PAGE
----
January 10, 1936 – It breaks Trudel’s heart that we can not help.

10 Jan
January 10, 1936 –  It breaks Trudel’s heart that we can not help.

My dear Father, and dear Lotta and Erna: LJG Letter 1-1--36 b letterhead

I hope this letter finds you all well. Trudel worries anxiously when she does not get word from you. Sometimes we do not feel we get all the news.

We have been very happy and she has been very brave this past year. Many millions of people are out of work in this country and those who are employed are paid so little. Trudel works very hard.

Three thousand lawyers in Chicago are starving with no work and no office. We have 10,000 lawyers in Chicago alone. Our dollar is worth only 59 cents. Under Roosevelt and Democrats food and everything costs more and the taxes are so heavy that business has not started again since the depression, which makes it VERY HARD for lawyers to keep their offices and place in the profession.

By working 18 hours a day I have done 20% better in 1935 than in 1934, but everything cost more this year than before. I write you because you should know if we could we would do something to help some of you come here. But this is impossible now. And it breaks Trudel’s heart that she can not help and the man who loves her can not. Everything is uncertain. Election year is 1936.

Would you make me happy? Write oftener to dear Trudel. Every day she asks – any mail from Germany? And she looks so sad waiting so long for letters, she gets so few.

Her throat bothers her. She has had a BAD cold and fever. She is so true and beautiful. She does not know what I am writing. She has written nothing to worry you since coming here, but everything is not easy for her and to get started in a strange country is lonesome work and very hard.

If I have made it easier and pleasanter for her, I am glad because I love her.
With love to you all, LJG Letter 1-1--36 b-signature


This letter was written by Leonard J. Grossman, Trudel’s fiance and my father, to Trudel’s sisters and her father in the midst of the depression, as dark clouds were gathering over Europe.


About Leonard Grossman

Writing about the online world since 1992: The ModemJunkie's Portal Taught school in the inner-city from 1967-78, Government lawyer from 1979-2010. Married to the incredible Cindy Barnard. Proud father of Sarah and grandfather of Gavin.

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6 Responses to January 10, 1936 – It breaks Trudel’s heart that we can not help.

  1. Fran Markwardt

    January 10, 2013 at 5:03 pm

    I’m old enough to remember 1936. That was the year of my 7th birthday, and I had a “birthday party!” Two girls from my country school walked 2 miles home with me to my party. My mother had baked a cake. (My sisters, 5 and 3 were at the party too.) I received a pair of pink ankle socks, my only present. I don’t remember how Marie and Mae got home. I hope my dad gave them a ride home after the party.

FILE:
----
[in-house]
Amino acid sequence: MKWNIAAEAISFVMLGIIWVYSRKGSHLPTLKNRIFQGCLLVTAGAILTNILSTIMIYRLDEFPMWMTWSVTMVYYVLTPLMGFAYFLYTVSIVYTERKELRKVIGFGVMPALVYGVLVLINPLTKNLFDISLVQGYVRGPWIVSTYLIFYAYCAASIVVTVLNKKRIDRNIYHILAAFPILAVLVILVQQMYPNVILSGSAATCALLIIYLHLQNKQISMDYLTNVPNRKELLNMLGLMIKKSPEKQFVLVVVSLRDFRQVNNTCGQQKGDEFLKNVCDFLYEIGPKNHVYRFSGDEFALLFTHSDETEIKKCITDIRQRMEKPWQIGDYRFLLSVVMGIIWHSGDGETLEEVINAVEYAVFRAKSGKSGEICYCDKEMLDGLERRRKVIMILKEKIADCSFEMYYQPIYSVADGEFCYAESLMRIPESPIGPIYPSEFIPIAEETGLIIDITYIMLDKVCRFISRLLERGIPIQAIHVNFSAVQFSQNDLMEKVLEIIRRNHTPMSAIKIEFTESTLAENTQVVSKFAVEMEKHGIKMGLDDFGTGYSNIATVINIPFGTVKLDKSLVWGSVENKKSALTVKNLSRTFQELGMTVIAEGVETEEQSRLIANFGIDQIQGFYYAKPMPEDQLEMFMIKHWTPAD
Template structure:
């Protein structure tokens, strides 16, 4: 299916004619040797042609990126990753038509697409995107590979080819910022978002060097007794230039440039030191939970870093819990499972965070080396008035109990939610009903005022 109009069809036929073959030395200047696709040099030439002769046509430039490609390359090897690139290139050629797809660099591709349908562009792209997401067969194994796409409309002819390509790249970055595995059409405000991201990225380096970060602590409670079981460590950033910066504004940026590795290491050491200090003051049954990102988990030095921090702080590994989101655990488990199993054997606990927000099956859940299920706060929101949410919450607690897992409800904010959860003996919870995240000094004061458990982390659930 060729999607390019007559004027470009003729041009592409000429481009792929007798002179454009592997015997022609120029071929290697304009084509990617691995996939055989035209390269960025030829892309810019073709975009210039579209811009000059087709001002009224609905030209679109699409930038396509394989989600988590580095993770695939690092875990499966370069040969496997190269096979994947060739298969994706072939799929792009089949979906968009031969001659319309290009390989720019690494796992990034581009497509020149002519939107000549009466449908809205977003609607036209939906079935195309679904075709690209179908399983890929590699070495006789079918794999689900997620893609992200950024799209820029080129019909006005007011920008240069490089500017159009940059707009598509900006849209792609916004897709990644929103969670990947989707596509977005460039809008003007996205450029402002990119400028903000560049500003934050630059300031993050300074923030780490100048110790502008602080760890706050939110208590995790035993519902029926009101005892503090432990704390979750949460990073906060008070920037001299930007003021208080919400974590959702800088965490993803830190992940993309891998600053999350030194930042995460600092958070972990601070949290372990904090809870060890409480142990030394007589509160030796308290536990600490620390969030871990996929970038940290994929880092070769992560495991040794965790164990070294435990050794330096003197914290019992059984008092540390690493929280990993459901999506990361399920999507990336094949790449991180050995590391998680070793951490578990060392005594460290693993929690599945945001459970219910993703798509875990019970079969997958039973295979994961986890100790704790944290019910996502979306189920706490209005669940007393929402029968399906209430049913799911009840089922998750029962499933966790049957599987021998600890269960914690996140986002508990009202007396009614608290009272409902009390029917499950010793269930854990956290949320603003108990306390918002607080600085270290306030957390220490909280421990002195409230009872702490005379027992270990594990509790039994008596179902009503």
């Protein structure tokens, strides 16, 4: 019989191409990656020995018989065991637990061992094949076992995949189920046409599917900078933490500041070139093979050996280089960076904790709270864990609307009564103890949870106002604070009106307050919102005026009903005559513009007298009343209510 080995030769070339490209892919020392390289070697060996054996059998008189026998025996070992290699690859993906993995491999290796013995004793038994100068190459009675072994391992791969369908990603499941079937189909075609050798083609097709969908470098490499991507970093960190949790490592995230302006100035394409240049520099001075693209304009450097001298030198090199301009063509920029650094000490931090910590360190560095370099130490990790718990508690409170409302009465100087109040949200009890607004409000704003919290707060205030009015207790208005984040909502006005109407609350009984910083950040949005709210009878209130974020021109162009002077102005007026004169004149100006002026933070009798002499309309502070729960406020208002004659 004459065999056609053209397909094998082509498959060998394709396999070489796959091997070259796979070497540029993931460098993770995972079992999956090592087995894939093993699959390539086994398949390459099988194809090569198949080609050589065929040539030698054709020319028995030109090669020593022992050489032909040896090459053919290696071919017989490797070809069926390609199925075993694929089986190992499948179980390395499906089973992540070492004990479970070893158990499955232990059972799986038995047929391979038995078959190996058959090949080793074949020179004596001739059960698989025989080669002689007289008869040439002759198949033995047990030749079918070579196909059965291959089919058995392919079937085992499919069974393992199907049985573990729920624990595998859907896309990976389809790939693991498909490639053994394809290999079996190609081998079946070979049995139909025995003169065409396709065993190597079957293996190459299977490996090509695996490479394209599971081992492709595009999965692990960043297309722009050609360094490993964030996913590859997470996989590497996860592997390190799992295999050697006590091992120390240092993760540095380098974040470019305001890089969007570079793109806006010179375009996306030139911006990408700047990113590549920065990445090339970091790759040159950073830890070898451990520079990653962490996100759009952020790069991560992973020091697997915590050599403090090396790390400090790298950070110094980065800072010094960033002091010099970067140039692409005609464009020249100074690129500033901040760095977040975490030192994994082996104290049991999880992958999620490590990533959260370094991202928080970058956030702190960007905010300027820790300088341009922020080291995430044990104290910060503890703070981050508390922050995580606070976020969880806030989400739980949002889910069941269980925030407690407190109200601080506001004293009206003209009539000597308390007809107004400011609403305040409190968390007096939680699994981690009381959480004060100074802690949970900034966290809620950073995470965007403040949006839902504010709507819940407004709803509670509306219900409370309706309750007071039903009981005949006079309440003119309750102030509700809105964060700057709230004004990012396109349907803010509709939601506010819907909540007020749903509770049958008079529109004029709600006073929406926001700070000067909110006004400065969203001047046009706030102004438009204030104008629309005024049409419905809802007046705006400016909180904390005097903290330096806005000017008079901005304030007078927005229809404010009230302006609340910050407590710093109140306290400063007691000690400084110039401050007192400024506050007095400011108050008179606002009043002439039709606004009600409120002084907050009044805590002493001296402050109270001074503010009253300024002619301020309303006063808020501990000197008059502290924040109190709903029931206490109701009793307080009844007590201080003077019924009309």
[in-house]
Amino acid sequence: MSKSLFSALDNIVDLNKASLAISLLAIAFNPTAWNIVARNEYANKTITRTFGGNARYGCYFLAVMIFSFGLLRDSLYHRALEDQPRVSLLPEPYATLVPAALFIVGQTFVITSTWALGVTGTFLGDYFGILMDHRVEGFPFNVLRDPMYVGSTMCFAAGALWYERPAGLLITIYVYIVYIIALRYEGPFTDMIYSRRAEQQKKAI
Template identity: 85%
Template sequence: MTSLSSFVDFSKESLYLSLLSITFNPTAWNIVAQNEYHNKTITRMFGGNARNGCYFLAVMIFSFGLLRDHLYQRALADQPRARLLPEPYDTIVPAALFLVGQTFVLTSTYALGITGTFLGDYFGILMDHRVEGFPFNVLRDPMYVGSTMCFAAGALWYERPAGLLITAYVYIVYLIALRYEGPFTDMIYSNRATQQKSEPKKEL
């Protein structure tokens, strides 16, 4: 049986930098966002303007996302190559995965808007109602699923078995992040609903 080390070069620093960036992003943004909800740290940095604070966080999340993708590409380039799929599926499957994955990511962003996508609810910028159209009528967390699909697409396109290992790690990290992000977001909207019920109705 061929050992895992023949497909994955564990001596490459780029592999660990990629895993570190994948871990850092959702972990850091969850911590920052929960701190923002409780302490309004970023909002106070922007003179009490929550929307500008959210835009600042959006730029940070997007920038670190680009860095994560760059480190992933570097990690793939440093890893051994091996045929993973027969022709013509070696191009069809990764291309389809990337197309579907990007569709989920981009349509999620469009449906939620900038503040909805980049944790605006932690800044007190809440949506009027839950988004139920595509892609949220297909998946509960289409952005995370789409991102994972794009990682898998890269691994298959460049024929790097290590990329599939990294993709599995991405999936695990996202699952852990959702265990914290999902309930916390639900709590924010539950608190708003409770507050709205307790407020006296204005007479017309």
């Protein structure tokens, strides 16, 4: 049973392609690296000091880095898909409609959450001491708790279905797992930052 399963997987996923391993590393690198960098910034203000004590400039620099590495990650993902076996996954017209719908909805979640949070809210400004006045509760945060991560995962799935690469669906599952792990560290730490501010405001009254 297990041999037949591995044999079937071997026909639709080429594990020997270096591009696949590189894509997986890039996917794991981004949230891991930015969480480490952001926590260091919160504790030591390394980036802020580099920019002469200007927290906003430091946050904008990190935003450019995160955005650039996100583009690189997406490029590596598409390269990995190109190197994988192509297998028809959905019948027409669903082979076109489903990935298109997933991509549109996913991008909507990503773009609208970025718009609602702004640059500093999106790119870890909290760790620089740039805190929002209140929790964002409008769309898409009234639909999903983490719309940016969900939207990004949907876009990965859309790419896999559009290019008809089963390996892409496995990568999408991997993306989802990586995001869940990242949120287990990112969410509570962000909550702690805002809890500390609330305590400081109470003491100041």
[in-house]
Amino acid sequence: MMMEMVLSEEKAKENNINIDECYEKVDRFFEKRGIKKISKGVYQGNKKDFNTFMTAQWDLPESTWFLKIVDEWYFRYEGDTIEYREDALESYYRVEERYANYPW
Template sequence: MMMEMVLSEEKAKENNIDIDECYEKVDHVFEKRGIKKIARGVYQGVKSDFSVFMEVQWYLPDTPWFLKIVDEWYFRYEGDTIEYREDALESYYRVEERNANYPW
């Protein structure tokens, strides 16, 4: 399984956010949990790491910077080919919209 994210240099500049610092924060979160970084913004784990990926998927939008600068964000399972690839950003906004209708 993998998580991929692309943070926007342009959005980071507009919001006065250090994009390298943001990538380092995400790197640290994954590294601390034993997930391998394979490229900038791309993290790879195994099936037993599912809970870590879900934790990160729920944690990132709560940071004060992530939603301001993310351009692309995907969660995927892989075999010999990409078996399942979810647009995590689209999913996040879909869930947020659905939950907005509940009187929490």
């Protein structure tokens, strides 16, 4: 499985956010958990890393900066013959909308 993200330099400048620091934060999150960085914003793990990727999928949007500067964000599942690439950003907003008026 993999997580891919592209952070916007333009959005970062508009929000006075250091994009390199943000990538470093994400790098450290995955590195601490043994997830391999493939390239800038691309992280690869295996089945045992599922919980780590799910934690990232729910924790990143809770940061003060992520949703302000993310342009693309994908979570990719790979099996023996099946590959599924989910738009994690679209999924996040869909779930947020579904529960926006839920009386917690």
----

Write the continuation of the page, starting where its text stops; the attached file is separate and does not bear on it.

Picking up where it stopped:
2. Lidna

    January 29, 2013 at 5:11 pm

    How touching and how important that these letters are insight for so many to read. A lovely tribute and the reference to movies and such add that much more dimension to the days the sun shined and her heart beat. Thank you for sharing.

    • Leonard Grossman

      January 31, 2013 at 12:57 am

      Thank you for your comment. By the way, there are movie links on many of the pages but you have to look for them. Scroll over images of movie posters and the names of movies in the text. Many of them are links to YouTubes of trailers, clips, and in some cases, entire movies.

  3. Ed Hiestand

    February 28, 2013 at 9:20 am

    The letter from your father to the family in Germany is such a window into the family story. Ever since beginning to read these letters I felt the absent story in the letters in the room – so few hints of the dangerous shadow threatening her family. With your father’s letter we know something of how deep was her anxiety and why she refrained from writing it. As a child born in 1934 this whole story you are sharing helps us to better read between the lines of the stories our own families did and did not share.

    • Leonard Grossman

      February 28, 2013 at 9:41 am

      I wonder if some of those same concerns may explain why my mother stopped complete translations as things grew darker. Perhaps even after 70 years some things were too troubling. I am so glad I have these translations and can share them but I wish she had saved the originals so that I could look behind her notes.


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